Climate change, and its economic impact was pushed onto the front burner at a seminar on Monday organized by the British Embassy in Argentina which the key speaker was Stephen Green, a senior economist at the UK's Ministry of Business, Enterprise and Regulatory Reform.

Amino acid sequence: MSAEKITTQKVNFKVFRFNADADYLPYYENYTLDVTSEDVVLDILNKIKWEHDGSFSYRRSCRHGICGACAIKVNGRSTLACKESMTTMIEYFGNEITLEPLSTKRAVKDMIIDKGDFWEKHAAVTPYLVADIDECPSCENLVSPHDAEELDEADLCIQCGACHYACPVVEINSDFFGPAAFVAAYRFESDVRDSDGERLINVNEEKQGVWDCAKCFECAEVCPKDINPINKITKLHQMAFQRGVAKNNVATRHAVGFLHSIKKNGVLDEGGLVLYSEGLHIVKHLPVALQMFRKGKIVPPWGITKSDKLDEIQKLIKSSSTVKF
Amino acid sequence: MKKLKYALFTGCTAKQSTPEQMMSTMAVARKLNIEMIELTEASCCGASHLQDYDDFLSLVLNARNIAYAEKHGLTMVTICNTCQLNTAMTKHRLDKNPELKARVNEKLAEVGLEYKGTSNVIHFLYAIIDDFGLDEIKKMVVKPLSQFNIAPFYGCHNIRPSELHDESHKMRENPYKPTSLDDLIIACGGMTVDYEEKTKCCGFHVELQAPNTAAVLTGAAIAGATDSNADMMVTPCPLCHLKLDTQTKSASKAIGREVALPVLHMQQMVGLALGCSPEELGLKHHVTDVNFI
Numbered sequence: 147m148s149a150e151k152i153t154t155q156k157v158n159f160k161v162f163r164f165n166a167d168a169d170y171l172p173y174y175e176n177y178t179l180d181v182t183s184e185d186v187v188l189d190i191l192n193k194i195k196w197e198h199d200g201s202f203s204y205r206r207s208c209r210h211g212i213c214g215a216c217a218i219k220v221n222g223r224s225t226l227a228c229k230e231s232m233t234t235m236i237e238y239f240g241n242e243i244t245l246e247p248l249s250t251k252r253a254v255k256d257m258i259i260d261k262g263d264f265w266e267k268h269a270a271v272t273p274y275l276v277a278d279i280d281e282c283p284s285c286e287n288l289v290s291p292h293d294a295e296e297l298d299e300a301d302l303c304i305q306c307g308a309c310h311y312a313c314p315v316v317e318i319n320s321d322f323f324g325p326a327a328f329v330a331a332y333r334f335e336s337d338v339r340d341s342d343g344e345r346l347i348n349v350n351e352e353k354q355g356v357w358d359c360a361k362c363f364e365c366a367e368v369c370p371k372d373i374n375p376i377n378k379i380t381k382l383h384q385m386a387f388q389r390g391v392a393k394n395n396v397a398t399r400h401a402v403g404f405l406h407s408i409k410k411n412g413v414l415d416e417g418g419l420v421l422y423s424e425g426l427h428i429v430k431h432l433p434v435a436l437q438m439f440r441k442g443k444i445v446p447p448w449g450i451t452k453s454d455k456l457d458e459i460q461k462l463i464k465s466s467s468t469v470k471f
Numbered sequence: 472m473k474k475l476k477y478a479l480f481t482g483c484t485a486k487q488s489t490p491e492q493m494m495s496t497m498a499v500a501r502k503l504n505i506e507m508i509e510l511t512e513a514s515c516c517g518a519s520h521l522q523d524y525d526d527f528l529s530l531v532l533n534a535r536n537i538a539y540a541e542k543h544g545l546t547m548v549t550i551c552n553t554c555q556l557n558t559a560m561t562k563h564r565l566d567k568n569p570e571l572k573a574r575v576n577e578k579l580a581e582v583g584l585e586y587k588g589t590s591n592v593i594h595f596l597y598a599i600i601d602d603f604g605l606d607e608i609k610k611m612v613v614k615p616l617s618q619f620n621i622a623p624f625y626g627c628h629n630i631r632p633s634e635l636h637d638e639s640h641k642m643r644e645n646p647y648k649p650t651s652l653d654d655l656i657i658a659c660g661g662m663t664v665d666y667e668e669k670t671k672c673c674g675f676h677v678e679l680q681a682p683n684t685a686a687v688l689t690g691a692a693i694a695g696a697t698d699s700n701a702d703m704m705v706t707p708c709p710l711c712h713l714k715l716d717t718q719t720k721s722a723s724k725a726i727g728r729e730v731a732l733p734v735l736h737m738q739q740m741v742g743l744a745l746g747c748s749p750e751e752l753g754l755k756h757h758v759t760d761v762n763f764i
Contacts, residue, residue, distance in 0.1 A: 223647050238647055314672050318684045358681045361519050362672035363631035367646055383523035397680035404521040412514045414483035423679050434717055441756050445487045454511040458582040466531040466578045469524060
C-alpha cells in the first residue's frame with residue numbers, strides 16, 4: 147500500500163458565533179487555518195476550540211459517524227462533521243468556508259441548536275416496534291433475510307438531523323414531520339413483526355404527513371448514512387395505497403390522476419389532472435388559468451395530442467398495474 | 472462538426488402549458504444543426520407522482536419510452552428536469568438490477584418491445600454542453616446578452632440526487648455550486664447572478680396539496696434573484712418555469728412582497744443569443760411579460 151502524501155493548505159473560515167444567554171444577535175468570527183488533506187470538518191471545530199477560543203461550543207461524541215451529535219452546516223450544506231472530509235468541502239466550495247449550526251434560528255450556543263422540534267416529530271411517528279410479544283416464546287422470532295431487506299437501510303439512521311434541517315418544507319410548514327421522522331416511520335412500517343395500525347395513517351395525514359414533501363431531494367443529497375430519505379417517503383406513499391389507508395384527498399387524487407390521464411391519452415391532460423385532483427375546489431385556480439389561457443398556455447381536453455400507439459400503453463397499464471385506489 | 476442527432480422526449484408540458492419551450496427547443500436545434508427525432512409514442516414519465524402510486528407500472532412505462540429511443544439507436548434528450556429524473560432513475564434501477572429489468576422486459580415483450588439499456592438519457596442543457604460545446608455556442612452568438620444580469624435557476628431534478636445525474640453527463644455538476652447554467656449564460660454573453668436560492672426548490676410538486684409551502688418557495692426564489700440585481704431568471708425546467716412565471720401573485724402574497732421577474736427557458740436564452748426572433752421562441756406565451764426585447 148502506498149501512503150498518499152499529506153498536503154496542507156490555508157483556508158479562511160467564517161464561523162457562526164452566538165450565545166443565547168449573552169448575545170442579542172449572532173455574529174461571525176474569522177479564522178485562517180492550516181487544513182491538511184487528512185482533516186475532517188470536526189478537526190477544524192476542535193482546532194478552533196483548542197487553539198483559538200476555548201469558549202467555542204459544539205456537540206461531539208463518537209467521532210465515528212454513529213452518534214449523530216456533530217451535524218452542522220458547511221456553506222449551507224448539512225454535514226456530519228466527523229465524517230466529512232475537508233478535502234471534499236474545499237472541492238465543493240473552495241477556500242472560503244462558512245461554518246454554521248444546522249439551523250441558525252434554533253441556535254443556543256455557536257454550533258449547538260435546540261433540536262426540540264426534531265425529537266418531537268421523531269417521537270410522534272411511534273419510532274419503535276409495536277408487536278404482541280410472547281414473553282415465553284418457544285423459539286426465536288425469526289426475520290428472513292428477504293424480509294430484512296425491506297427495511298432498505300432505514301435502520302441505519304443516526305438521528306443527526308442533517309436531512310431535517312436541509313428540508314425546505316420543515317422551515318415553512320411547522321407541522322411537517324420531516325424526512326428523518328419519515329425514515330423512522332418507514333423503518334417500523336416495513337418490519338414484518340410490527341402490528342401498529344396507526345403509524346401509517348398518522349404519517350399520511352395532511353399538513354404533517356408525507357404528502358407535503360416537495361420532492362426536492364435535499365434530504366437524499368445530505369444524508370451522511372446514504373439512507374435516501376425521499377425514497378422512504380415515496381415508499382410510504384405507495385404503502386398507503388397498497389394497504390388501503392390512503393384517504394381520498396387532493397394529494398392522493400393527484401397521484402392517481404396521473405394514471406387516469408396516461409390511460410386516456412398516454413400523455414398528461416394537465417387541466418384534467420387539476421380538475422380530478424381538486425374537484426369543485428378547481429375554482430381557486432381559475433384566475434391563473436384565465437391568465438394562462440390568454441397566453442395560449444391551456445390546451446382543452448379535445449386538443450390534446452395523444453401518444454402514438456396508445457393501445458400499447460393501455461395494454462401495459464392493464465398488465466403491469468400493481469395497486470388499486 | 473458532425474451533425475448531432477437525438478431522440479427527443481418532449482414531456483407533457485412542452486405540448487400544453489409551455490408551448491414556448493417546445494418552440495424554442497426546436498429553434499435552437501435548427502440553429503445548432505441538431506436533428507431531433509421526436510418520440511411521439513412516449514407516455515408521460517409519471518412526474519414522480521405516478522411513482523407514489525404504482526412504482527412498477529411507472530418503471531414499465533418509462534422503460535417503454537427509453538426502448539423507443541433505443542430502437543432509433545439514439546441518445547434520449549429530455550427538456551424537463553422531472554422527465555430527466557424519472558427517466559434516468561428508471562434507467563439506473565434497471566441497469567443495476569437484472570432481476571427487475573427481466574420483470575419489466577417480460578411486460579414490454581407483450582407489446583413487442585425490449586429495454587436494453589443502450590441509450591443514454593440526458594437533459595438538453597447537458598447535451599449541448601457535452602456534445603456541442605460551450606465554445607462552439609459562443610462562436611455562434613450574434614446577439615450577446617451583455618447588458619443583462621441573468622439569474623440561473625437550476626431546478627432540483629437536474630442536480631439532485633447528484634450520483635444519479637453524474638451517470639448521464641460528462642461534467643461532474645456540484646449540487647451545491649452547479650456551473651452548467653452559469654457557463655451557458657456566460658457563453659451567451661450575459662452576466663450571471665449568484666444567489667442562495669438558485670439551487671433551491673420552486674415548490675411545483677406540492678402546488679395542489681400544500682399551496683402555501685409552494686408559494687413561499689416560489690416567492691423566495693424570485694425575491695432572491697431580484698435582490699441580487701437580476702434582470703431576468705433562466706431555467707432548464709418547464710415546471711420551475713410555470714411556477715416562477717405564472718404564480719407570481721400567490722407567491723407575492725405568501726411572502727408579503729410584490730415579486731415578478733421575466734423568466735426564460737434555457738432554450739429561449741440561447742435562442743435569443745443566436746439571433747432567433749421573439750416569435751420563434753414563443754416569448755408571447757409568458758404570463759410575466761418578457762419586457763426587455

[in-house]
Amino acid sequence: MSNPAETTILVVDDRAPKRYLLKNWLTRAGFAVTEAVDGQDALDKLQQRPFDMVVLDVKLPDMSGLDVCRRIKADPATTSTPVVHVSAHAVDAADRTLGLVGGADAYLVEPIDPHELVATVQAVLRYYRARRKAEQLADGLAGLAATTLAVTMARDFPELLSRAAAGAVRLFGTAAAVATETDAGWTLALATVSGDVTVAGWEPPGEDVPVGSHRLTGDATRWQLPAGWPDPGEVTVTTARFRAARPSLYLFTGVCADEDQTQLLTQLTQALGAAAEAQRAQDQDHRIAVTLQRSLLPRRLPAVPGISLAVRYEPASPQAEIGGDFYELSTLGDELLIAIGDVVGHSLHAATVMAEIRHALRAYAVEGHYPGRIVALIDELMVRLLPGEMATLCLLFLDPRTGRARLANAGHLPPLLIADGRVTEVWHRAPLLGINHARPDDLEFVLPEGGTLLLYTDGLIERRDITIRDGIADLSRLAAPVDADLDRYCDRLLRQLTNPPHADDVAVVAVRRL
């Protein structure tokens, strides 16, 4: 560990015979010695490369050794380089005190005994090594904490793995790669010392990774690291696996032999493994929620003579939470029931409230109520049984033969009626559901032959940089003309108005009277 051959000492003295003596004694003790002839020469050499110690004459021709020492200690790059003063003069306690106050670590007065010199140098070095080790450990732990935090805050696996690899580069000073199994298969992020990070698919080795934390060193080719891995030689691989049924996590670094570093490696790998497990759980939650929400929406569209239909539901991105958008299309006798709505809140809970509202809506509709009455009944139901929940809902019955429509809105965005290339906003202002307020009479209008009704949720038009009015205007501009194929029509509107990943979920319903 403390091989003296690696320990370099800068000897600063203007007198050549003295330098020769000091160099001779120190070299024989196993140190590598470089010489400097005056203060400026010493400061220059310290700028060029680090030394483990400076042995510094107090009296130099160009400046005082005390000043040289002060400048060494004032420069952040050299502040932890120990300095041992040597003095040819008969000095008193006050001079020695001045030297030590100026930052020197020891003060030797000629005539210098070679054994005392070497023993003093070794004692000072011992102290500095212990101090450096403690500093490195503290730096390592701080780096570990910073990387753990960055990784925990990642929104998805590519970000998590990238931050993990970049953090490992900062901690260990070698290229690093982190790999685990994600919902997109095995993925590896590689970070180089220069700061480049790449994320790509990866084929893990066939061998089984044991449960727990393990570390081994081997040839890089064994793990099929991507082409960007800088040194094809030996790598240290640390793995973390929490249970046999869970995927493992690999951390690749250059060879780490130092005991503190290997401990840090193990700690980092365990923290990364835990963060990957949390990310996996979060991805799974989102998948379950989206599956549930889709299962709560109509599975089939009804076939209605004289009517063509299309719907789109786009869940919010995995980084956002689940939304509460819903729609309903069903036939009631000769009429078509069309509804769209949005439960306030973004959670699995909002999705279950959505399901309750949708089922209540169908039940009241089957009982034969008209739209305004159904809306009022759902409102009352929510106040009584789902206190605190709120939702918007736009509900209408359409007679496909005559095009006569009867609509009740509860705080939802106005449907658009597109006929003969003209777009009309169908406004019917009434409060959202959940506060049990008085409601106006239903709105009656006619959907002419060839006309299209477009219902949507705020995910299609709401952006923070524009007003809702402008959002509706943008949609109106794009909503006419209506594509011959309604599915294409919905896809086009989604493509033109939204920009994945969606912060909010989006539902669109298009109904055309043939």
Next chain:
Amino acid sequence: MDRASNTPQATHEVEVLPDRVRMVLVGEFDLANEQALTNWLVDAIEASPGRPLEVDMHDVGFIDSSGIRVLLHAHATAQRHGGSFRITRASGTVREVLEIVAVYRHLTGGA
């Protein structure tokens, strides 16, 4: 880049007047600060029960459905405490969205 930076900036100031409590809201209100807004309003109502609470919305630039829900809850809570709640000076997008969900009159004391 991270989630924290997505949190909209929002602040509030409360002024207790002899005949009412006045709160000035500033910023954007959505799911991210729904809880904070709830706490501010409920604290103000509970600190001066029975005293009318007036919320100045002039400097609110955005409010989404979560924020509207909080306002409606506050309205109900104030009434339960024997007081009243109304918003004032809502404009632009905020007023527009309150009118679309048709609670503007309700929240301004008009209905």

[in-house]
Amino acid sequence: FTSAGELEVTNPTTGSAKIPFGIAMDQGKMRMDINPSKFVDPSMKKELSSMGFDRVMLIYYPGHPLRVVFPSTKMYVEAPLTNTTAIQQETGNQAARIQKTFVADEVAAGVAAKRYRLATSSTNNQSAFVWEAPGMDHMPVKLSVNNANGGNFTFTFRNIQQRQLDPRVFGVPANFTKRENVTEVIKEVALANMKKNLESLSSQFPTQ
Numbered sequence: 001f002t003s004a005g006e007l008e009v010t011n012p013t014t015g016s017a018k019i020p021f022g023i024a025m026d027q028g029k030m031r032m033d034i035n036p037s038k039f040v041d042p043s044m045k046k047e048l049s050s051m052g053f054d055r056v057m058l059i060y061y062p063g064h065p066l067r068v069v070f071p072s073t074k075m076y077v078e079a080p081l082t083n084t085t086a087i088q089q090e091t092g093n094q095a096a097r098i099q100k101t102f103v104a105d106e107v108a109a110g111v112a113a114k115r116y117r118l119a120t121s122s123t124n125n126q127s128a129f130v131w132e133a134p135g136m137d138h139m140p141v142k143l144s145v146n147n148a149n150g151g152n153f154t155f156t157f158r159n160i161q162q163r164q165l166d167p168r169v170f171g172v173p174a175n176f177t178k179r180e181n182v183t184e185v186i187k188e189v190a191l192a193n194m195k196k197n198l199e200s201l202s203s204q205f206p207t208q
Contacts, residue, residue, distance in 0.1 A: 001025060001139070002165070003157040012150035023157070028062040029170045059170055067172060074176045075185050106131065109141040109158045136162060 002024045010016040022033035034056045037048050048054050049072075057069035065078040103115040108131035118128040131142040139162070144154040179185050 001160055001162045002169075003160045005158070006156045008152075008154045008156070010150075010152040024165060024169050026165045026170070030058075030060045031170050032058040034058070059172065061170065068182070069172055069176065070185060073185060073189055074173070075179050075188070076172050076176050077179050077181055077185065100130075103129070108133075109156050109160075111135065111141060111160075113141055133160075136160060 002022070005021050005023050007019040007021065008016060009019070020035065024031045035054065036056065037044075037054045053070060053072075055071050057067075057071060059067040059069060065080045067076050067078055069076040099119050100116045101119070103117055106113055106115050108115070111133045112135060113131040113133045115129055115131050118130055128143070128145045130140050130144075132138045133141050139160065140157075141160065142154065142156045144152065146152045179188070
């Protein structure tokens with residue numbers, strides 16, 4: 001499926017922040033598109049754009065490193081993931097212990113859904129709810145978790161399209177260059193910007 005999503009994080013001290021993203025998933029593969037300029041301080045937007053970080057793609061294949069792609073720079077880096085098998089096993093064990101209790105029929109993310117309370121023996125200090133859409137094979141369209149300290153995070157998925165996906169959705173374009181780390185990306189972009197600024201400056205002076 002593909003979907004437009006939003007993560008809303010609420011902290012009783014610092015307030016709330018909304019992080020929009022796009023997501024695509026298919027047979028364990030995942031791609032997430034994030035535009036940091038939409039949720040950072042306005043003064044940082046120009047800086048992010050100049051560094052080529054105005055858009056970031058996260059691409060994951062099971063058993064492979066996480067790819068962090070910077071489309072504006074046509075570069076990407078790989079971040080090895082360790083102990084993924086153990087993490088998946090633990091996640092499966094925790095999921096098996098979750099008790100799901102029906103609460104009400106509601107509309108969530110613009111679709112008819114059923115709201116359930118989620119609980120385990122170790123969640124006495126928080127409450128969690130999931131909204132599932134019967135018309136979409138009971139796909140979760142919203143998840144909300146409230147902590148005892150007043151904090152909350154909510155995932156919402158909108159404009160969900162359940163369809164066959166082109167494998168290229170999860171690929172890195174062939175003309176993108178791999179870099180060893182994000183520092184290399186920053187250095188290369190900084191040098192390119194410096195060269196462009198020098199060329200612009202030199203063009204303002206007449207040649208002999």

Basing his presentation to a large extent on the UK government-ordered Stern Review, probably the most comprehensive overview of the economic impact of climate change ever produced, which was released in October last year, Green pointed out that unless the world can start reducing carbon dioxide emissions and stabilize them at around 550 parts per million, then by 2020 "there could be very high risks of severe economic impact". To achieve this however, emission rates by 2020 would have to be 25% lower than current rates. "Climate change could cause losses ranging between 5 and 20% of global GDP by 2020 unless mitigation costs of only 1% of GDP" is spent in the near future to stabilize emission rates, the economist warned. Despite the fact that the UK only accounts for some 2% of global emissions, Green admitted that the issue has become one of the top issues on the UK political agenda. In the UK at least this has led to a Climate Change Bill, currently being debated in Parliament, and a whole range of measures that will impact individuals and companies directly: from new houses with zero carbon emissions, to the doubling of obligations on suppliers to reduce carbon emissions. The increasing use of bio-fuels in vehicles, carbon capture and storage mechanisms and the use of renewable energy, EU target of 20% by 2020, were just some of the issues touched on at the seminar. Although local journalists focussed most of their questions on issues such as deforestation and the extending soy frontier, concern was also expressed about the lack of consensus at a global level in adhering to the Kyoto Protocol, especially by the United States. Green admitted that the UK government is actively pushing the issue in Washington, although he made no comment on the results obtained. By Peter Johnson - Buenos Aires Herald
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